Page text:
small dreams

I’ve always dreamt big.
Living in my own castle, people colonizing Mars, bathing in a bathtub filled with gold (both figuratively and literally), and much more.
The disease has changed me. I still dream big, but I’ve found the beauty of small dreams. Simple things, simple joys of life, whose value I had not seen, when they were possible and accessible.
Biggest of my small dreams are to be able to run again and to dance.

For the most of my life I have been overweight. I’ve always avoided exercise and sport. Even when walking through the city I was subconsciously I choosing a path, that sloped minimally.
Last summer I had sprained my right leg. Was unable to walk for a few days, had a lath for some time and been at home for a month, with only a few short walks to buy groceries and back home. I don’t remember ever running this autumn. In winter my balance was already shaggy and shortly after Christmas I’ve started to use a walking stick.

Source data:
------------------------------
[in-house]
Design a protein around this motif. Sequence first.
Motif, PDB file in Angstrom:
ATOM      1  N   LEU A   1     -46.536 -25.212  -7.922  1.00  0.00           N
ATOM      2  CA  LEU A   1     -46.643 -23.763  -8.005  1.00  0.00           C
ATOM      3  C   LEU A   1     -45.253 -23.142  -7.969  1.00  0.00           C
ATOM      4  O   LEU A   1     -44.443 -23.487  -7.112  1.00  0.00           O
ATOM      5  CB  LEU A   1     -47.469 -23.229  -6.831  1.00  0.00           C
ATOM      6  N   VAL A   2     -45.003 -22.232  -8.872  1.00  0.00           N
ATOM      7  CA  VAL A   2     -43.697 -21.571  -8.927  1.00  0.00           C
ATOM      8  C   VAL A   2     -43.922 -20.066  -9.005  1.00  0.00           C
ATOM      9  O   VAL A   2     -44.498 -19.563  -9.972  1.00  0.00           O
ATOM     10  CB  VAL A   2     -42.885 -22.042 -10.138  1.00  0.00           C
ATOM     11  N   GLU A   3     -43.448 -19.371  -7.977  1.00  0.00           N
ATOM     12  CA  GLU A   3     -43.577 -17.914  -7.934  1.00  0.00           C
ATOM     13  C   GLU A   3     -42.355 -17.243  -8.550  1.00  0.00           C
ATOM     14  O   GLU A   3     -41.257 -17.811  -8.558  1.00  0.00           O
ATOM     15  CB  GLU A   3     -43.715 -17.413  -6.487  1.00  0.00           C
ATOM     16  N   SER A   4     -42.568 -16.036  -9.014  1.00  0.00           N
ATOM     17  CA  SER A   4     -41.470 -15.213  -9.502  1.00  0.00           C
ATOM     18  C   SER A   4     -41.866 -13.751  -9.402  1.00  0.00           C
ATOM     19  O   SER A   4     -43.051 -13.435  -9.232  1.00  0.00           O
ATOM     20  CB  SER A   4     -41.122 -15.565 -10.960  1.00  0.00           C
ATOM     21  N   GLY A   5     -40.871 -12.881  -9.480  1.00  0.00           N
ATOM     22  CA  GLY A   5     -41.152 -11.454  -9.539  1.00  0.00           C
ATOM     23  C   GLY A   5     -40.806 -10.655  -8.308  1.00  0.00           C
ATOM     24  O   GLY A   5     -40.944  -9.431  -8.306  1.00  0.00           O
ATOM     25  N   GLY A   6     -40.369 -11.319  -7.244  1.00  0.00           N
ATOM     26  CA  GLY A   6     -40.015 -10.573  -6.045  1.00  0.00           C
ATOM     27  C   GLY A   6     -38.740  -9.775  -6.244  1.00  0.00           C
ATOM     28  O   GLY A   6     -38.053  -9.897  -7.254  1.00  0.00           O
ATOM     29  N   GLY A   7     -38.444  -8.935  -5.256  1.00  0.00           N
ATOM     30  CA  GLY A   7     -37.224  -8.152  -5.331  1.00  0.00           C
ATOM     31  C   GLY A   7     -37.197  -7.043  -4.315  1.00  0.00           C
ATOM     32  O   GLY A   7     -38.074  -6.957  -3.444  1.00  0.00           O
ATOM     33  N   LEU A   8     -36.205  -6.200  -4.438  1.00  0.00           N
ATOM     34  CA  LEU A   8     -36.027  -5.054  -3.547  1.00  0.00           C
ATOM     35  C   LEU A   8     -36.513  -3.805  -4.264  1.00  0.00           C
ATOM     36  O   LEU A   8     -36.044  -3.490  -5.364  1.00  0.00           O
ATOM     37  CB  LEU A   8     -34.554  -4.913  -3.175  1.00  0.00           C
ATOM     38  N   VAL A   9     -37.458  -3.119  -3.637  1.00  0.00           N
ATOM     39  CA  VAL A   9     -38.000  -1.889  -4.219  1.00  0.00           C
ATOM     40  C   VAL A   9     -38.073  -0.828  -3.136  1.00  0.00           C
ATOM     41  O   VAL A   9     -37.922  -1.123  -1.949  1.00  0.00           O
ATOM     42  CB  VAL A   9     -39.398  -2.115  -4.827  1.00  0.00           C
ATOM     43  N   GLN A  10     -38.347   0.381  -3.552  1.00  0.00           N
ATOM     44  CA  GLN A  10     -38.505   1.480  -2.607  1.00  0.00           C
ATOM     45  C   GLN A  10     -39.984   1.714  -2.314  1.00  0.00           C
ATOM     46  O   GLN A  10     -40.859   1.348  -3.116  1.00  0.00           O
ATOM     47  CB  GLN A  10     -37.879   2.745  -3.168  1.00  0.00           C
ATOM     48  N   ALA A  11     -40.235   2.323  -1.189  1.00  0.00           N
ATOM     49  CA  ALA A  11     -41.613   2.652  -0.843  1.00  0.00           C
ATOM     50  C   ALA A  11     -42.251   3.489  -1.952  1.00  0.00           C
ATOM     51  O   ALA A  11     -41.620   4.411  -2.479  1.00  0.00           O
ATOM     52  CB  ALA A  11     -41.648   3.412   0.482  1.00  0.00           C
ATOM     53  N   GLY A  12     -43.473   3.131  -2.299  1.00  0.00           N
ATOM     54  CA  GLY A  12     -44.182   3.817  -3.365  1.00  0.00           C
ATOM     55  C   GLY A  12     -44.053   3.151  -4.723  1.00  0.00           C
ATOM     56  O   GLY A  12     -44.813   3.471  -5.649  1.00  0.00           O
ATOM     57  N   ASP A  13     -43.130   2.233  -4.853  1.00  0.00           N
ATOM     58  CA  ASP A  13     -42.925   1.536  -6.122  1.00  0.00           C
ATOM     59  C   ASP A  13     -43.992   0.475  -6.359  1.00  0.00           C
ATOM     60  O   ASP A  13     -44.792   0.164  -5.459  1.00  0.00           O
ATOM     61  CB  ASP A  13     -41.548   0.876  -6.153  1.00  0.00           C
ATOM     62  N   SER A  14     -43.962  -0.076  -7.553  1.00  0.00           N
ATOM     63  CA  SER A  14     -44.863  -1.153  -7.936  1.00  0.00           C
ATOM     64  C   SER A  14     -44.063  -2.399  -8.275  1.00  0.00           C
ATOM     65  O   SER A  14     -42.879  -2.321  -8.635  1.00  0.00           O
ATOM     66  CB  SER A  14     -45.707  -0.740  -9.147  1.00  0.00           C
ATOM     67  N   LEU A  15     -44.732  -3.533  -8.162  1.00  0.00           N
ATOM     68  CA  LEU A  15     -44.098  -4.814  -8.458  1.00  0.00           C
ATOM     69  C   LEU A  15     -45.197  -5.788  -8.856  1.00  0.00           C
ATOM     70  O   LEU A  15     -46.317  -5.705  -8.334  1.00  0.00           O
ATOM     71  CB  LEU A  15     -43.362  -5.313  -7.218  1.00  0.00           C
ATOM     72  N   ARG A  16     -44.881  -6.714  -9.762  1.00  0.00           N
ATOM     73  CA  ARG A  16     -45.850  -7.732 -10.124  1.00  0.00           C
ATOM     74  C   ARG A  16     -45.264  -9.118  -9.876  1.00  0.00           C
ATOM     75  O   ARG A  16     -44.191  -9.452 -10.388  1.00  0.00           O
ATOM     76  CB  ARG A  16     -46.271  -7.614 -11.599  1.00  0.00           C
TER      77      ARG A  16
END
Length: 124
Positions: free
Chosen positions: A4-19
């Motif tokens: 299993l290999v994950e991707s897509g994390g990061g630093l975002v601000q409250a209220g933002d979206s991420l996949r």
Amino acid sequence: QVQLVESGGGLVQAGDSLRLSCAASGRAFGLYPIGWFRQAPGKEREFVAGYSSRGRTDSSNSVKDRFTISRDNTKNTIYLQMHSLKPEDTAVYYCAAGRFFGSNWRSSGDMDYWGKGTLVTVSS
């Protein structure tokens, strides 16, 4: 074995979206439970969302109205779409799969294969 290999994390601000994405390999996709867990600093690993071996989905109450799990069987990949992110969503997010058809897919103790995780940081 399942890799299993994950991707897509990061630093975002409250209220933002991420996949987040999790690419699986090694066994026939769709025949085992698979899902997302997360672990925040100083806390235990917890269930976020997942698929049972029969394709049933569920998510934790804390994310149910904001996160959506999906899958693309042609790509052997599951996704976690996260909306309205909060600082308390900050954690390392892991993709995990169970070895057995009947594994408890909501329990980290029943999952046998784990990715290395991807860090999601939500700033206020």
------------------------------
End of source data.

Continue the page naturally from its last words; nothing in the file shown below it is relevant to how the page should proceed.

I’ve missed many trams and buses, just because running, even for a very sort distance, is just not physically possible for me. My knees are weak and my balance is limited.
Never in my life did I want to sprint so badly. To be fast. To feel the wind in my hair. To sweat from running.
I dream, that one day I will sprint

I’ve always loved music, but as I grew older I’ve been shutting the door to that world more and more. I was shy to sing and even more to dance. I wanted to dance, but never allowed myself to, out of fear of looking stupid and being out of rhythm.
Now I see and understand just how silly is to not fulfill your dreams out of fear of looking stupid. Because of completely absurd fear.
I have never learned to dance, but I am dead certain, that when day comes, when my legs are strong again and my sense of balance good enough, the first thing I am going to do is to start learning tango argentino. The pure passion on the dance floor.

I will run and I will sprint. I will dance. Tango. Salsa and bachata. Samba and rumba. Lambada. Walz. And charleston. And everything. I will dance till I drop.
And I’m not saying IF. Why? Here is the answer:

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